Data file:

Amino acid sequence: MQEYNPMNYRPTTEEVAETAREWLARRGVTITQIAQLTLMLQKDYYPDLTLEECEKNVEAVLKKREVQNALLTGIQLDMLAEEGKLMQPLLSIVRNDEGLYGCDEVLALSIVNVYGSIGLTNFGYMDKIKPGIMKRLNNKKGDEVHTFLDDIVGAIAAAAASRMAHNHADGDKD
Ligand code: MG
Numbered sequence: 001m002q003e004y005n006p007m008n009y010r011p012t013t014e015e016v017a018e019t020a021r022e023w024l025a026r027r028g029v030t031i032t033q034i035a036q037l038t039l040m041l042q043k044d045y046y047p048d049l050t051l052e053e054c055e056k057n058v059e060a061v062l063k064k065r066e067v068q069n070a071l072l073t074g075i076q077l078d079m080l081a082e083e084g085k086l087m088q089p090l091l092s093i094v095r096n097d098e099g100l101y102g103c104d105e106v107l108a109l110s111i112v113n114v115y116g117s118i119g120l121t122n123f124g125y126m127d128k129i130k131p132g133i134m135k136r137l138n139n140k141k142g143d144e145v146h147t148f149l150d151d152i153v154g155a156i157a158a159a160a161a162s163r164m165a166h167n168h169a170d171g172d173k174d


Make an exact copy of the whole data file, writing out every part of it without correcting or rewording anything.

Amino acid sequence: MQEYNPMNYRPTTEEVAETAREWLARRGVTITQIAQLTLMLQKDYYPDLTLEECEKNVEAVLKKREVQNALLTGIQLDMLAEEGKLMQPLLSIVRNDEGLYGCDEVLALSIVNVYGSIGLTNFGYMDKIKPGIMKRLNNKKGDEVHTFLDDIVGAIAAAAASRMAHNHADGDKD
Ligand code: MG
Numbered sequence: 001m002q003e004y005n006p007m008n009y010r011p012t013t014e015e016v017a018e019t020a021r022e023w024l025a026r027r028g029v030t031i032t033q034i035a036q037l038t039l040m041l042q043k044d045y046y047p048d049l050t051l052e053e054c055e056k057n058v059e060a061v062l063k064k065r066e067v068q069n070a071l072l073t074g075i076q077l078d079m080l081a082e083e084g085k086l087m088q089p090l091l092s093i094v095r096n097d098e099g100l101y102g103c104d105e106v107l108a109l110s111i112v113n114v115y116g117s118i119g120l121t122n123f124g125y126m127d128k129i130k131p132g133i134m135k136r137l138n139n140k141k142g143d144e145v146h147t148f149l150d151d152i153v154g155a156i157a158a159a160a161a162s163r164m165a166h167n168h169a170d171g172d173k174d